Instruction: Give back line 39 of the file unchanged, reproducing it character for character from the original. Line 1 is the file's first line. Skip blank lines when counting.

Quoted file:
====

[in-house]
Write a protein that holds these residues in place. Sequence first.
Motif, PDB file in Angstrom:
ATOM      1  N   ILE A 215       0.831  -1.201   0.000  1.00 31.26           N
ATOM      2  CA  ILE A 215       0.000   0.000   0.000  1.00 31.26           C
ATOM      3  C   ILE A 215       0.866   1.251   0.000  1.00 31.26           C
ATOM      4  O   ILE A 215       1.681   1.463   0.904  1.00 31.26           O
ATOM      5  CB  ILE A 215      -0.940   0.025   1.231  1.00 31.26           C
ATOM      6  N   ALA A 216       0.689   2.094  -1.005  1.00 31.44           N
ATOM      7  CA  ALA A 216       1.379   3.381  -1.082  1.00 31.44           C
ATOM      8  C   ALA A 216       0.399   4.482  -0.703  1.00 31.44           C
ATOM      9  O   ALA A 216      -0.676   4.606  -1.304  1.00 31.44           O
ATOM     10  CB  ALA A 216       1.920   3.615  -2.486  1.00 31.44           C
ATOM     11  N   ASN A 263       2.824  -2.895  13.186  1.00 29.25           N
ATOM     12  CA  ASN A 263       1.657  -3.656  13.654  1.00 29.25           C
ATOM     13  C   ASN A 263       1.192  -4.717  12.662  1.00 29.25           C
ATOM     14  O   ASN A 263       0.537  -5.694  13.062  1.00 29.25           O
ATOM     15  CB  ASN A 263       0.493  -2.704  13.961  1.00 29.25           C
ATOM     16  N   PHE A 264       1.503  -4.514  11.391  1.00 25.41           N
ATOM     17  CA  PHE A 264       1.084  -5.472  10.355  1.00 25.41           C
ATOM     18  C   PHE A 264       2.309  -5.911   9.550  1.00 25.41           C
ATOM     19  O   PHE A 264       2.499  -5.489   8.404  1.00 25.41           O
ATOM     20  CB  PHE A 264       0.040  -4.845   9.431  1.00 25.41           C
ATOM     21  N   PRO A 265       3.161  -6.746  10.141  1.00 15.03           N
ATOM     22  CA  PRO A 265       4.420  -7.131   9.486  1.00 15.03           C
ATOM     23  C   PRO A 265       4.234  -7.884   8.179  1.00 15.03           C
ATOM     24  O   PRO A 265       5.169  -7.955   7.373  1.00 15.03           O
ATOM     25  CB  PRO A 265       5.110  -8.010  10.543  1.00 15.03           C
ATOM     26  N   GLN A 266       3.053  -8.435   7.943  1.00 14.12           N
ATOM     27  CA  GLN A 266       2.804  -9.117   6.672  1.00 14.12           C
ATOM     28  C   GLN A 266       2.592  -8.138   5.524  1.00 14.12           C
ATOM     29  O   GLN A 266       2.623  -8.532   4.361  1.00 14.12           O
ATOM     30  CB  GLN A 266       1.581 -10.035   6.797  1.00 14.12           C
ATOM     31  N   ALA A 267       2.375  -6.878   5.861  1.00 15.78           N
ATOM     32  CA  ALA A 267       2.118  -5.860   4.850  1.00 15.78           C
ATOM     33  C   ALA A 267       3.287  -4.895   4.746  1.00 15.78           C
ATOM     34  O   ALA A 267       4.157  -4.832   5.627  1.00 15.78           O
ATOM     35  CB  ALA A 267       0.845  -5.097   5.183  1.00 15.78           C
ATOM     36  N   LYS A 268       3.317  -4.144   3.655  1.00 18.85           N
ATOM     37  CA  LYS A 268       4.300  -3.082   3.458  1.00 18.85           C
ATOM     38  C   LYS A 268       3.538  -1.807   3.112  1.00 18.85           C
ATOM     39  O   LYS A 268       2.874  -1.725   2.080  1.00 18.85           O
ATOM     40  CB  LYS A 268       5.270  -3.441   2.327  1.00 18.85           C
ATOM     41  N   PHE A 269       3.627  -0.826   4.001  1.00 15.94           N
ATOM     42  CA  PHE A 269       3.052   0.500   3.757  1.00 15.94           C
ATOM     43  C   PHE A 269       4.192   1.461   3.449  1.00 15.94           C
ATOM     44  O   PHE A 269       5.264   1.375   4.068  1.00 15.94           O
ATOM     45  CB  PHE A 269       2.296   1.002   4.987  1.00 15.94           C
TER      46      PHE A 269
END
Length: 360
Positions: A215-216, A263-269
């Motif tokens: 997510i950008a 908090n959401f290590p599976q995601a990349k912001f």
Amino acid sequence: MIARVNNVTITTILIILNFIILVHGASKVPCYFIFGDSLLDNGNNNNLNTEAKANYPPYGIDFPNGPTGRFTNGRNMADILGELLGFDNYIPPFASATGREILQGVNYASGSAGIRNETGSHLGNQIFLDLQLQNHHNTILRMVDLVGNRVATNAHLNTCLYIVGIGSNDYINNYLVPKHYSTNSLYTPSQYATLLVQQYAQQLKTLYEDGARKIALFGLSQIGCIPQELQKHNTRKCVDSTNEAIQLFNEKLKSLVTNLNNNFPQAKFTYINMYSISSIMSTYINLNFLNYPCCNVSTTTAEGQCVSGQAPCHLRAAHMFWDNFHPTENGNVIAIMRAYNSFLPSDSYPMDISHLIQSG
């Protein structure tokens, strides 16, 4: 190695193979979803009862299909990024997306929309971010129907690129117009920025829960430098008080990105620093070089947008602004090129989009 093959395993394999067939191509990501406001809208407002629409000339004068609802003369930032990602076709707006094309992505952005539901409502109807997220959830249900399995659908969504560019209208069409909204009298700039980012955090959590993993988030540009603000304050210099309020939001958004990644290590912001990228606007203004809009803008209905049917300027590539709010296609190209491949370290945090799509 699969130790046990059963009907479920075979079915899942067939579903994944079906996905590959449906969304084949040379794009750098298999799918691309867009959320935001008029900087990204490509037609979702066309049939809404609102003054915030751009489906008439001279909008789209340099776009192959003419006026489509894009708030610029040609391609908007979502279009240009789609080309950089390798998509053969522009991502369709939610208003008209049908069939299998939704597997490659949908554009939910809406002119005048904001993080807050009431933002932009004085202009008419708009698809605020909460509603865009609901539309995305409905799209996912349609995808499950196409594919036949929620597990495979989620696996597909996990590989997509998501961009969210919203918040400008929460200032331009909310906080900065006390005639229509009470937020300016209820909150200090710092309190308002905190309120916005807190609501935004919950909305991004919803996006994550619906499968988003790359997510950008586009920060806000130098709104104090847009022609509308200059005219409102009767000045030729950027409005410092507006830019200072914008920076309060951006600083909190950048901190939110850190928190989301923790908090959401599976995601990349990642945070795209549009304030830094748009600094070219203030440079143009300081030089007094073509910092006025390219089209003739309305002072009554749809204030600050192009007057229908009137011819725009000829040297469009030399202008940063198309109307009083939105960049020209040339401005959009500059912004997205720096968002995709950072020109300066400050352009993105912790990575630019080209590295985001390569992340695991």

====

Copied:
ATOM     36  N   LYS A 268       3.317  -4.144   3.655  1.00 18.85           N